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Many of us enjoy knitting gifts for giving during the winter holidays. Unfortunately, often October has come and gone before we realize the holidays are only weeks away and our Finished Objects pile is tiny.

This minor lapse in planning has big implications, ergonomically speaking. As I’ve mentioned before, sound ergonomics balance productivity, efficiency, and safety. Facing a wall of deadlines emphasizes productivity at the cost of efficiency and safety.

When we face a deadline, the natural “flight or fight” thing to do is try knitting faster for longer. This creates more errors—errors that need time to be repaired. So much for efficiency.

And prolonged sitting to meet knitting deadlines compromises safety because we’re apt to ignore uncomfortable postures, muscle tension, and stress.

The effects of stress tend to come to our attention when the deadline has passed and we return our awareness to our body. I assume we all want to be knitting comfortably in January, so let’s discuss how to survive the madness at the end of the year. 

When one element of our ergonomic trio gets overemphasized, the trick is to amplify the others.

Increasing Efficiency

Assess your plan. Sometimes gift-knitting promises are made after a second glass of wine at Thanksgiving that simply can’t be fulfilled without causing a lot of stress. Assess how many hours a day you typically have available to knit each day or week, then think about how fast you knit, and how many items you hope to have available to give by the end of the season. If all that doesn’t add up, give yourself permission to extend your deadline.

Simplify. If your aim is to simply give a handmade gift to someone, and there’s been no promise of what that might be, then keep it simple. A favorite hat or mittens pattern may be familiar to you, but it’s a far-from-boring gift for the recipient.

This is not the time to learn a new technique for your projects. If you have never knit a brioche lace scarf before, and you have lots of knitting to do, this isn’t the best time to learn it.

Consider your needles. In addition to your choice of what to knit, be sure to consider the needles you’ll knit with. If you invest a little time before you start knitting (especially with an unfamiliar yarn) to choose the best needle, you’ll save yourself lots of extra work. The most common problem I see knitters having is using a slippery needle to knit a slippery yarn. This poor combination costs extra energy to keep the project on the needle, slowing you down and making extra work for hands and forearms.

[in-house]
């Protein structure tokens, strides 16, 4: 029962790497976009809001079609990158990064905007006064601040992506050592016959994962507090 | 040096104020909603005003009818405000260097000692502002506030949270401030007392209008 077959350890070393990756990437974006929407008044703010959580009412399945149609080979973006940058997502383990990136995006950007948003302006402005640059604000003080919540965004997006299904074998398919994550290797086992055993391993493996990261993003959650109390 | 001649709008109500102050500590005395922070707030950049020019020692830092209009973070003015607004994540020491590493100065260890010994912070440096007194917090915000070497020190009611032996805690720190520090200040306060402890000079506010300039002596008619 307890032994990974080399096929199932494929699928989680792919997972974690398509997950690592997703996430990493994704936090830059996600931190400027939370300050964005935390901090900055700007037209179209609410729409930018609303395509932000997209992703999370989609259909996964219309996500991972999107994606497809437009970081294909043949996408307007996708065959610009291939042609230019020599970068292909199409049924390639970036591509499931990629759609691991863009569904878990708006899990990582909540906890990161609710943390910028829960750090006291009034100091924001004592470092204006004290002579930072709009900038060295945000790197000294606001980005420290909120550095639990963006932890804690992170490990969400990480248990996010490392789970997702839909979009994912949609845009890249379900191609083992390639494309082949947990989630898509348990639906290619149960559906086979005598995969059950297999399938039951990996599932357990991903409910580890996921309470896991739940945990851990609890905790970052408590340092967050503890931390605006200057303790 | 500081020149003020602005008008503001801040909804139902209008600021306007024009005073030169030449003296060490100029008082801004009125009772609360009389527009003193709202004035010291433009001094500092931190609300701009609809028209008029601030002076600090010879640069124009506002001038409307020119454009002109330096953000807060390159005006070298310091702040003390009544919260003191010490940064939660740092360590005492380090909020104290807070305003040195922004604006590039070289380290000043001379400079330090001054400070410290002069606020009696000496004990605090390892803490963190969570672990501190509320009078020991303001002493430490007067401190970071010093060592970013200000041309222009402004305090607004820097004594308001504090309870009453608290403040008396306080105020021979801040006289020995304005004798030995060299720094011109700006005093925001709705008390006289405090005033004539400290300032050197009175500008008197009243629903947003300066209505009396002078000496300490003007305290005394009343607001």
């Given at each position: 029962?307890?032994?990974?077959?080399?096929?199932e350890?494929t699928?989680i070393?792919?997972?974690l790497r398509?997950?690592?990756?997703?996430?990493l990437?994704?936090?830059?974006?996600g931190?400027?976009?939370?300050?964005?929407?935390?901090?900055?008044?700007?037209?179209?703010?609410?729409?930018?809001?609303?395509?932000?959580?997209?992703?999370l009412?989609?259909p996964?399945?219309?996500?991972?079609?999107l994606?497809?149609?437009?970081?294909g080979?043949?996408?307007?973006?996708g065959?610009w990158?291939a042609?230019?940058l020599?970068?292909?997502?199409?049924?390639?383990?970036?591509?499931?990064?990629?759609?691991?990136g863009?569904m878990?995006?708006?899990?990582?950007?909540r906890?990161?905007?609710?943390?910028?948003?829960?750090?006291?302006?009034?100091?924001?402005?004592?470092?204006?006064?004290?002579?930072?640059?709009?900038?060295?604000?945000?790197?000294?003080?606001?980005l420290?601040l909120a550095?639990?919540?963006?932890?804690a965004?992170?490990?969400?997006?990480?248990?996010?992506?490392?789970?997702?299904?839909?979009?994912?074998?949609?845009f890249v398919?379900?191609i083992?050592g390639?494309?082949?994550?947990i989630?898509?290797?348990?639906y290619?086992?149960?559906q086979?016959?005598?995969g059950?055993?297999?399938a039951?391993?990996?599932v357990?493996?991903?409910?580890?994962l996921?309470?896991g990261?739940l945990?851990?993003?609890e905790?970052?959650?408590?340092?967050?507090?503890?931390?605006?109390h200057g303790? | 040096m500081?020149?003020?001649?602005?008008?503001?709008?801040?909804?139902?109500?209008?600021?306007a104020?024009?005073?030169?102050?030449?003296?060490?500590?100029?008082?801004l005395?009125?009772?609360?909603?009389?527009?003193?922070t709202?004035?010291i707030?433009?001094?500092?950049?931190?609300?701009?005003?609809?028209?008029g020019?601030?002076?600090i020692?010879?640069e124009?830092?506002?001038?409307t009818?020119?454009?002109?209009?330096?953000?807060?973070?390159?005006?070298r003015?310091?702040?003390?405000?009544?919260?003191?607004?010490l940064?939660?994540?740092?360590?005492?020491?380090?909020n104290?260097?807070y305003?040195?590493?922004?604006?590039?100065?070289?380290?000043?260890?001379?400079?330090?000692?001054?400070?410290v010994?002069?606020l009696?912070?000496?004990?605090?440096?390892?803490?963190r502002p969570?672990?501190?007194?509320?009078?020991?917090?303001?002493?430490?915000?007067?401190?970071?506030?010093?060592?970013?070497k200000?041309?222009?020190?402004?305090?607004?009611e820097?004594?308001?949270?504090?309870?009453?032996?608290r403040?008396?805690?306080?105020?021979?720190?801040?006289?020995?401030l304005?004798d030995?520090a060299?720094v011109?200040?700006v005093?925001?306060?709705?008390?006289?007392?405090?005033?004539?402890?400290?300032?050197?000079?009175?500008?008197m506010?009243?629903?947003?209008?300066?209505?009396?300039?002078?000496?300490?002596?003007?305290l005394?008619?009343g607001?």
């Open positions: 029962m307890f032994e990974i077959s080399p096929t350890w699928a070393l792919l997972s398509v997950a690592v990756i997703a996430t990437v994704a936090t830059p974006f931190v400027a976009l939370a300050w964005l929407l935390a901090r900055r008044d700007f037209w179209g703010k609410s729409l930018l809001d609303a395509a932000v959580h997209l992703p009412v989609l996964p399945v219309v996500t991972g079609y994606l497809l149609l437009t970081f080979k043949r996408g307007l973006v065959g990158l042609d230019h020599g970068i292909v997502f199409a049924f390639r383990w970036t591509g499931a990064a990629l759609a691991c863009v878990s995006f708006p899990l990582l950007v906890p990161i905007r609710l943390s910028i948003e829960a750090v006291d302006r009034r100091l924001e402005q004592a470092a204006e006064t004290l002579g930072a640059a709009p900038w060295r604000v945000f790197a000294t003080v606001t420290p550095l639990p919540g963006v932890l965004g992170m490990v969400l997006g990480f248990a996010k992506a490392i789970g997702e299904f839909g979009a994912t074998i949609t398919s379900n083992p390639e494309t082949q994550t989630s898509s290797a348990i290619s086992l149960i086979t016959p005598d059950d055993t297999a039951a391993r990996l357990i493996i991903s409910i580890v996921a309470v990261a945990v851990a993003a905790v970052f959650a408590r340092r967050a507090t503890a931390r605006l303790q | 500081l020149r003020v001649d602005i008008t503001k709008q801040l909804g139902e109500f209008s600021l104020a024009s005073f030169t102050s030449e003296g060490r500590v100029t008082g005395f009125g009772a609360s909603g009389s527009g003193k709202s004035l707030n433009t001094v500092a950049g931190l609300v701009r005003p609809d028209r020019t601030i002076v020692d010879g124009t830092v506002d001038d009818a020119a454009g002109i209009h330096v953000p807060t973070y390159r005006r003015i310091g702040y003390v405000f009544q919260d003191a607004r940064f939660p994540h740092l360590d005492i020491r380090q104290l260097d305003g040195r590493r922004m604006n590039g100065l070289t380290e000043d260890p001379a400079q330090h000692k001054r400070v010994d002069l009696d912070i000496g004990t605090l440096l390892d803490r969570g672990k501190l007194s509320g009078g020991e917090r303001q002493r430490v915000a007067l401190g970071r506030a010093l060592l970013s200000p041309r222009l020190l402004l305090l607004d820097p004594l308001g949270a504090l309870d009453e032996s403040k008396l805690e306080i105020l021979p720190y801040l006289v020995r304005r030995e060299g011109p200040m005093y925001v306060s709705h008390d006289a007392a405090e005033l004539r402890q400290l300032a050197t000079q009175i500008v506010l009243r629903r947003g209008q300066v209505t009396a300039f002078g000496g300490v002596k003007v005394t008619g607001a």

The most important consideration is the amount of friction between needle and yarn. A slippery needle doesn’t make you knit faster or more efficiently if your yarn is also slippery (think superwash, silk, low-elasticity fibers, tightly plied yarns). A needle with a bit more grip will actually allow you to worry less about dropping stitches or keeping them in place. It will also allow you to work closer to the tip of your needle fearless of things slipping off the end and with less movement. 

Increasing Safety

Take little breaks. This may sound counterintuitive, but taking frequent micro-breaks while you knit will improve your efficiency and give your body a moment to recover. A micro-break is a short (minute or less) time where you put down the knitting, stand up and move a bit. 

Take a micro-break every 25-30 minutes and please stand while you’re at it. Your spinal discs need a break, too and they get it when you stand. You can also help them by staying well hydrated during your knitting. I don’t think eggnog counts, though.

Get moving. Doing arm swings and jazz hands during these times is a simple movement with a big payoff. It helps get circulation into the forearms and hands, allows your shoulders to experience a large range of movement, opens your chest and encourages you to breathe deeper.

Arm swings with jazz hands

Take the opportunity to do some deeper breathing. March in place, rise up on tiptoes a few times or take a lap up and down the stairs—anything to get the blood moving so your brain remains alert and your arms and hands well perfused. You’ll find simple and effective stretches to work into your movement here.

Horizontal arm swings